Up above, McClusky studies the situation with his binoculars. No fighters, no flak, all ships turning. Obviously, they’ve been repelling a torpedo attack.

Ensign John McCarthy thinks McClusky has led them back to Enterprise, and his radioman, E.E. Howell, asks, “Do you think we’re home?” McCarthy looks down at the yellow flight decks and pagoda masts. “No, that’s not home.”

McClusky breaks radio silence to assign Gallaher’s Scouting 6 and himself to the carrier on the left and Best to the one on the right, saying, “Earl, follow me.” Best doesn’t get the message, and assumes he will take the nearer target. But McClusky, an aggressive fighter pilot, simply piles in. Best sets up his division and squadron to attack, opens his flaps — and McClusky and Scouting 6 zoom by him. Both squadrons are hitting the same target, Kaga.

Irritated, Best closes his flaps, and signals Bombing 6 to attack the next carrier, farther to the east. Then he opens his flaps and streaks down on Akagi. However, the second and third divisions of Bombing 6 dive on Kaga anyway. The attack is like a textbook illustration, better than any practice assault.

Twenty-five American dive-bombers bear down on Kaga, McClusky leading. At 1,800 feet, he pulls the bomb release. Kaga Air Officer Cdr. Takahisa Amagai, watching from below, is impressed by the Americans’ skill as they dive out of the sun and take advantage of intermittent clouds. Behind McClusky, Gallaher snarls, “Arizona, I remember you,” thinking of his first duty station, now a sunken wreck. He releases his missiles at 2,500 feet.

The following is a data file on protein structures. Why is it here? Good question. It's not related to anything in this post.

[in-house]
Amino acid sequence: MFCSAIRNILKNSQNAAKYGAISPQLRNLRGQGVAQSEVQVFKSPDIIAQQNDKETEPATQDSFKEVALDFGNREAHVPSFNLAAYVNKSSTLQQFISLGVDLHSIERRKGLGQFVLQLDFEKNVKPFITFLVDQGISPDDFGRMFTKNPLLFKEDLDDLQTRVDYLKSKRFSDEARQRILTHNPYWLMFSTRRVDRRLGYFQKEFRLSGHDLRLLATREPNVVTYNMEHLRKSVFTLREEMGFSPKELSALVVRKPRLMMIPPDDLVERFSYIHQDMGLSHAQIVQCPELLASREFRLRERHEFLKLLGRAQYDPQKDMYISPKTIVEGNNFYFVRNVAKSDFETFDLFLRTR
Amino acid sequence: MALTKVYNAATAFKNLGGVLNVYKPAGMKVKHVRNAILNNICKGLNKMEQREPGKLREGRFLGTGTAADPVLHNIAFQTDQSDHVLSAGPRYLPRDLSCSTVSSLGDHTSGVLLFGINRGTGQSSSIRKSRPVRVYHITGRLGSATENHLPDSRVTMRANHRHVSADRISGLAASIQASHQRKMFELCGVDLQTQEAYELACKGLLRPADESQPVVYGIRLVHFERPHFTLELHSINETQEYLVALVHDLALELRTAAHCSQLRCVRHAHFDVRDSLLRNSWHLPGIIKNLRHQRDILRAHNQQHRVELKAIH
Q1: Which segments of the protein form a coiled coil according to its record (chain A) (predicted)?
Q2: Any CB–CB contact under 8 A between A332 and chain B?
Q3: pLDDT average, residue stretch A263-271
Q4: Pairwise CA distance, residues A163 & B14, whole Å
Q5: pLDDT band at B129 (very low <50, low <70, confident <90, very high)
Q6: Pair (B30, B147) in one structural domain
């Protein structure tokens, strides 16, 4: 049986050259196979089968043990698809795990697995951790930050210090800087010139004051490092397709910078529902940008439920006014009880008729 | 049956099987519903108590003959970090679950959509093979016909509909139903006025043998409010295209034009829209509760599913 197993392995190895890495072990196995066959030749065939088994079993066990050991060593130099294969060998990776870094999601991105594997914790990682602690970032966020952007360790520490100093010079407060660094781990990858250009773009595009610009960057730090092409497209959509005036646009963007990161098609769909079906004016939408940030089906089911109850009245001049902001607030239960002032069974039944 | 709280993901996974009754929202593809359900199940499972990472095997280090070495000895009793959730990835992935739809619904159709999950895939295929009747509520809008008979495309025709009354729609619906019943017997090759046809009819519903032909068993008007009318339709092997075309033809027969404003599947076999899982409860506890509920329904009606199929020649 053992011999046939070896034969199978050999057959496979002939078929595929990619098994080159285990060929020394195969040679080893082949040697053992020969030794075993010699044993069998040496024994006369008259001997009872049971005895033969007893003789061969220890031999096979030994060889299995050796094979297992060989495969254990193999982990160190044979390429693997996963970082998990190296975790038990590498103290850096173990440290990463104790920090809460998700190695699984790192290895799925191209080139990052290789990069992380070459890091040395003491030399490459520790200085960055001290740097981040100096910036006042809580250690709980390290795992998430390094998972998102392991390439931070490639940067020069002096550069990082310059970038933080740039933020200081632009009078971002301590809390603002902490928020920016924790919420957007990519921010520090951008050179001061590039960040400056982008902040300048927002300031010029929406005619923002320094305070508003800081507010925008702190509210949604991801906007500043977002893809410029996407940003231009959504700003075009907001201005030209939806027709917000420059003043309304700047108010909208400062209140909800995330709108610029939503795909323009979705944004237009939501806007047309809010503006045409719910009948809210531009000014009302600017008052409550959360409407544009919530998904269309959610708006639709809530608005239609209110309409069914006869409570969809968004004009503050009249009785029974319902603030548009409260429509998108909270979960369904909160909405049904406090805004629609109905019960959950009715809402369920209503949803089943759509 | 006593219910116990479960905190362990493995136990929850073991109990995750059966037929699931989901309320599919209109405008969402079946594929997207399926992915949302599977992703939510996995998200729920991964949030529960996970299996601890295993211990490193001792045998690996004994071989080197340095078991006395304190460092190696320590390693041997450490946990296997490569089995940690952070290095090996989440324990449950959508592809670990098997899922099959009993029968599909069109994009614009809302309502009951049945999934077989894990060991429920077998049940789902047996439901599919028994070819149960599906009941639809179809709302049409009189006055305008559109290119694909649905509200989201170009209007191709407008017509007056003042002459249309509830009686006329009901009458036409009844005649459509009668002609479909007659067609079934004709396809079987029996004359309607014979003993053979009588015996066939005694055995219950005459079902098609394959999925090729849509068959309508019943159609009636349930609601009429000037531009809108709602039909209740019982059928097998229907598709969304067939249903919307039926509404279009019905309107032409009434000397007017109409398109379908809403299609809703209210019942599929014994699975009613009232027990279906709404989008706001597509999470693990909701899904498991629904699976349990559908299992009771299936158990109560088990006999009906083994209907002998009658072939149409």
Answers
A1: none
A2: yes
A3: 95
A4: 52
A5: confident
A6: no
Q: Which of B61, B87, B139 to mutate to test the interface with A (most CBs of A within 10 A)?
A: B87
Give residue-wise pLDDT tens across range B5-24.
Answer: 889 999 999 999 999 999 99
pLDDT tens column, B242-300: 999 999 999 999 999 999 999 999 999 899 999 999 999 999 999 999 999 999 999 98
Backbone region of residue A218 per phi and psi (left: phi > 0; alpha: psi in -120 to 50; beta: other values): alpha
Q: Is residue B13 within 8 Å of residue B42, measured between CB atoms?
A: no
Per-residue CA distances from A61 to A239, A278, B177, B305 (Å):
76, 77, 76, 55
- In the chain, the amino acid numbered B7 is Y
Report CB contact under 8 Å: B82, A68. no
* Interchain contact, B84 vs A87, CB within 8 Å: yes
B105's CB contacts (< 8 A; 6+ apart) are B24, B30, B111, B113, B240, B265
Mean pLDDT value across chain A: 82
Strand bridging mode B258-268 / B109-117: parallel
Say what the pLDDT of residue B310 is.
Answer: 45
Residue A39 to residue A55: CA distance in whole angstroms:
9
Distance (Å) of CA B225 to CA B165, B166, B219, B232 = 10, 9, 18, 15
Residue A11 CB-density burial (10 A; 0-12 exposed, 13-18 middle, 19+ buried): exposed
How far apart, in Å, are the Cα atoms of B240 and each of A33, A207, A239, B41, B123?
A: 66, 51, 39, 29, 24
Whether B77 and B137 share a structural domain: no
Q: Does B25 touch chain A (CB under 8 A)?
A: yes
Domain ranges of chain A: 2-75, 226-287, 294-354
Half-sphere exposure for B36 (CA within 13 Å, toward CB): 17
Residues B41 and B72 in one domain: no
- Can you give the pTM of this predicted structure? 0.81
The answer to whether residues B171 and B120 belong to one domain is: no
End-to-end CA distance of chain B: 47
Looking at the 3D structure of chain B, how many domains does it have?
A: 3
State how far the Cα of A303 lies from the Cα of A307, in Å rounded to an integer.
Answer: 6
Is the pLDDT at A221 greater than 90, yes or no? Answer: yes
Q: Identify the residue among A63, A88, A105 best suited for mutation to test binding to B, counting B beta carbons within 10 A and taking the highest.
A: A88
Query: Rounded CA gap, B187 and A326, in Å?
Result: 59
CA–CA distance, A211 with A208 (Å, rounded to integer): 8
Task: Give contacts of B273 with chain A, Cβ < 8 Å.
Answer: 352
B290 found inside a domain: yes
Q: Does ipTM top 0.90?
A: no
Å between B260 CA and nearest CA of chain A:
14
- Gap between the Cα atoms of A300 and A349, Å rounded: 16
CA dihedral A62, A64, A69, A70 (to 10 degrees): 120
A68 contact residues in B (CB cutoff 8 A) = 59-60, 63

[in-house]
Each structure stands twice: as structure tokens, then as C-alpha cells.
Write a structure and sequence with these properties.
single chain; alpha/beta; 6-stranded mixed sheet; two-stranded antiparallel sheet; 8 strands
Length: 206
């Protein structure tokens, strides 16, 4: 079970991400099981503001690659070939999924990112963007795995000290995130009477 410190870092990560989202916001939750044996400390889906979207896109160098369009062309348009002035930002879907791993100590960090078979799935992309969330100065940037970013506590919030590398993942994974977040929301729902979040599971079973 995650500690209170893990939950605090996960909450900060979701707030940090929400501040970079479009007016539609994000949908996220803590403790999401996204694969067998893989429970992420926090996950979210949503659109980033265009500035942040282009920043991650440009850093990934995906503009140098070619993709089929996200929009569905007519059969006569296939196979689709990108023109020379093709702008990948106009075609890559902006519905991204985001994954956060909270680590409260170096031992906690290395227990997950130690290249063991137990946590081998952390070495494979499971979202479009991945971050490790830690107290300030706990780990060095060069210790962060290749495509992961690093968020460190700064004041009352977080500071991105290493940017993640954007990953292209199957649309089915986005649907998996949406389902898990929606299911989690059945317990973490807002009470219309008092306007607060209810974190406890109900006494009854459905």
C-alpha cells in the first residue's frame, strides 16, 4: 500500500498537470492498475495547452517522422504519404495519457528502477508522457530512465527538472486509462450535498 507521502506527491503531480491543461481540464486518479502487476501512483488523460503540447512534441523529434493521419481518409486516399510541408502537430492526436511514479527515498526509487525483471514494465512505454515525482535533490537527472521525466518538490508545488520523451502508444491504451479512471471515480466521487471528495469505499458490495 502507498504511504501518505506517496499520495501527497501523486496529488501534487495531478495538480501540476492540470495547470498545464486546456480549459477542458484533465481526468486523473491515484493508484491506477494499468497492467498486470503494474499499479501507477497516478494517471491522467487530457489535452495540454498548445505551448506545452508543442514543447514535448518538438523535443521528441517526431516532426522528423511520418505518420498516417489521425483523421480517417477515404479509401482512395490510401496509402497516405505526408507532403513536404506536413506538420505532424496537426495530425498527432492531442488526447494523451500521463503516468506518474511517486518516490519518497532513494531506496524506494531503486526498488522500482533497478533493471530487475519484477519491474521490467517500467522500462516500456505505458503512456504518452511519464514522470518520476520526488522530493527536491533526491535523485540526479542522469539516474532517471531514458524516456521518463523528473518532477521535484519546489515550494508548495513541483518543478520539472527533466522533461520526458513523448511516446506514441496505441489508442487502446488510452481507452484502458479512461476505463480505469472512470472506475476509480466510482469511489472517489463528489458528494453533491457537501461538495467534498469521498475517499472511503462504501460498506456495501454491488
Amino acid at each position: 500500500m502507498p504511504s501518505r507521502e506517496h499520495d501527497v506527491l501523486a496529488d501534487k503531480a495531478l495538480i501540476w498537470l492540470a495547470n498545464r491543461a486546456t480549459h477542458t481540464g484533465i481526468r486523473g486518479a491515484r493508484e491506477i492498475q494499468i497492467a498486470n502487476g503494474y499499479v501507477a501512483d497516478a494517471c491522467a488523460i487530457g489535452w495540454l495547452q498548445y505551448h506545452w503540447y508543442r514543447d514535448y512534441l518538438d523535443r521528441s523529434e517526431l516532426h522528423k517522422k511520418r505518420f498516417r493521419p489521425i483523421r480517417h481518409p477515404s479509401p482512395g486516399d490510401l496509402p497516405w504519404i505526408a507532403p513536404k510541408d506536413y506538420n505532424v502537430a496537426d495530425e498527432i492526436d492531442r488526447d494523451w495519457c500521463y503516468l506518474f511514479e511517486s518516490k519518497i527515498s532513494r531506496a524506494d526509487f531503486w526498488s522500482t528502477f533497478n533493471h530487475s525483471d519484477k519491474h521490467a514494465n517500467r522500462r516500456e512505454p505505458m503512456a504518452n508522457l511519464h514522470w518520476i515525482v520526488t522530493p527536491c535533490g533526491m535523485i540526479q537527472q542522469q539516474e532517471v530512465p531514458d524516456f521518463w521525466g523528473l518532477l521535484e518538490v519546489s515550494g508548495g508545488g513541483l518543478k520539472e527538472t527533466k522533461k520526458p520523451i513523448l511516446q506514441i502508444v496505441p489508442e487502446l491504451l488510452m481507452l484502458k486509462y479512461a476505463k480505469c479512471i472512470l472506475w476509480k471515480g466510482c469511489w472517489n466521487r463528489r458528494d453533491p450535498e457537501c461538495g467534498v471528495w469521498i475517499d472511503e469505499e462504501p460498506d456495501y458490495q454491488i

Gallaher is followed by Lt. j.g. Jacob “Dusty” Kleiss, Ens. James Dexter, and Lt. Clarence Dickinson, leading Gallaher’s second division. On December 7, 1941, flying an F4F from Enterprise to Pearl Harbor, Dickinson saw the sickening tableaux of the U.S. Pacific Fleet being destroyed beneath him. Jittery American gunners shot down his plane, and Dickinson had to bail out. Now he gains a measure of revenge.